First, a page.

Little Robotic Leg Investigates Enormous Dinosaur Locomotion

Dreadnoughtus schrani was one of the largest animals ever to exist, and 3D-printed legs are figuring out how it walked

3 min read
Little Robotic Leg Investigates Enormous Dinosaur Locomotion
Photo: Drexel University

I don’t know about you, but I haven’t seen any dinosaurs lately. I mean, I’ve seen lots of birds, some lizards, and the occasional crocodile, but none of those massive Jurassic Park-style dinos. For paleontologists who want to know how a 60- to 70-ton dinosaur got around, this lack of subjects to study is a bit of an obstacle. At Drexel University, researchers are 3D printing small scale robotic models of the legs of one of the largest dinosaurs ever found to figure out how it was able to keep itself moving.

img Rendering of the massive Dreadnoughtus schrani, which weighed an estimated 65 tons (60,000 kg), making it the most massive land animal whose size can be confidently calculated, according to Drexel University scientists. In life, Dreadnoughtus was an herbivore that likely spent much of its life eating massive quantities of plants to maintain its enormous body size. Image: Illustration: Jennifer Hall/Drexel University

Fossils of Dreadnoughtus schrani were discovered in Argentina in 2005. This dinosaur, a species of titanosaur, is estimated to have been the same approximate size and weight of a Boeing 737, although the example that was found was only a juvenile and not yet done growing. As is, the femur that they dug up is a massive 1.8 meters in length, meaning that the dino stood about two stories tall at the shoulder and was probably something like 26 meters long.

img Drexel University scientists say Dreadnoughtus schrani was substantially more massive than any other large dinosaur for which mass can be accurately calculated. Illustration: Lacovara Lab/Drexel University

The closest animal equivalent we have right now to a dinosaur like this is an elephant, and an elephant isn’t a very close equivalent at all [see comparison, right]. Dreadnoughtus was quite possibly the largest land animal that ever lived, and it’s a case study (albeit an extinct one) in what happens when a biological system reaches the top end of what’s possible with mass supported on legs. To figure out how Dreadnoughtus managed to walk, Drexel researchers have 3D scanned Dreadnoughtus leg bones, fixed the damage caused by 77 million years (give or take) of being part of a rock, reduced it to a manageable size, and 3D printed the result. 

There are some features on the fossils themselves that show where tendons and muscles might have been attached, and modern dinosaurs like chickens (seriously) provide additional physiological suggestions. However, cartilage is trickier, and this is where the robot limb can help. By 3D printing cartilage and then attaching everything together with some motors, the physical model can be actuated and then analyzed with more accuracy than would be possible using a computer simulation.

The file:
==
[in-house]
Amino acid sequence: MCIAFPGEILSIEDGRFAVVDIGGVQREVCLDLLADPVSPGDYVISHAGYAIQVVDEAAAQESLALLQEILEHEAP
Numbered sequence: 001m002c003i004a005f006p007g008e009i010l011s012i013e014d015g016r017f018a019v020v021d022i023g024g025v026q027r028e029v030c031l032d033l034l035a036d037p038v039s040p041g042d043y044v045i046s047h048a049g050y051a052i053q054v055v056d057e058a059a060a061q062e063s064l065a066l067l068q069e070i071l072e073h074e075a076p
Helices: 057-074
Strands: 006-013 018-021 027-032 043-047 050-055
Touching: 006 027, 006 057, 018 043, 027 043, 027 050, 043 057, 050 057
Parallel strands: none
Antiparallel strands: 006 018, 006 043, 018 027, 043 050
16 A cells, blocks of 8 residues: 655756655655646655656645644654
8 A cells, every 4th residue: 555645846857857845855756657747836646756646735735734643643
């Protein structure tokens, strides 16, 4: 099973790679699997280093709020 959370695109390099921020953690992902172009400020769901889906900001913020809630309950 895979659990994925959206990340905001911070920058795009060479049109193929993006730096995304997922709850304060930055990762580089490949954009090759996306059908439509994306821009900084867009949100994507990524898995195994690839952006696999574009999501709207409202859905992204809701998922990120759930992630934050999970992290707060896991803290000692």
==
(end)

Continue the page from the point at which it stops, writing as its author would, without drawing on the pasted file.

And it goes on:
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Using a physical model like this enables you to iterate quickly. You can try different configurations, and if they don’t work, you rebuild the robot and tweak some things (like ligament attachment points) and maybe next time, it works better. After enough steps, you might end up with a robotic dinosaur leg that matches the features of your fossil, while also adding the ligaments, muscles, and tendons in an arrangement that results in a realistic walking gait, which is therefore a likely model of what the real dinosaur leg actually looked like.

There’s no real way to prove the accuracy of a robotic dino leg like this, but biological systems tend to converge on optimal solutions for things like structural support and mobility. If your robotic leg converges on the same things, odds are there’s going to be some significant similarities between the two, at least to the extent that you’ll be able to learn something useful.

[ Drexel ]

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How the U.S. Army Is Turning Robots Into Team Players

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Robot with threads near a fallen branch

RoMan, the Army Research Laboratory's robotic manipulator, considers the best way to grasp and move a tree branch at the Adelphi Laboratory Center, in Maryland.

Evan Ackerman
LightGreen

This article is part of our special report on AI, “The Great AI Reckoning.

"I should probably not be standing this close," I think to myself, as the robot slowly approaches a large tree branch on the floor in front of me. It's not the size of the branch that makes me nervous—it's that the robot is operating autonomously, and that while I know what it's supposed to do, I'm not entirely sure what it will do. If everything works the way the roboticists at the U.S. Army Research Laboratory (ARL) in Adelphi, Md., expect, the robot will identify the branch, grasp it, and drag it out of the way. These folks know what they're doing, but I've spent enough time around robots that I take a small step backwards anyway.

The robot, named RoMan, for Robotic Manipulator, is about the size of a large lawn mower, with a tracked base that helps it handle most kinds of terrain. At the front, it has a squat torso equipped with cameras and depth sensors, as well as a pair of arms that were harvested from a prototype disaster-response robot originally developed at NASA's Jet Propulsion Laboratory for a DARPA robotics competition. RoMan's job today is roadway clearing, a multistep task that ARL wants the robot to complete as autonomously as possible. Instead of instructing the robot to grasp specific objects in specific ways and move them to specific places, the operators tell RoMan to "go clear a path." It's then up to the robot to make all the decisions necessary to achieve that objective.

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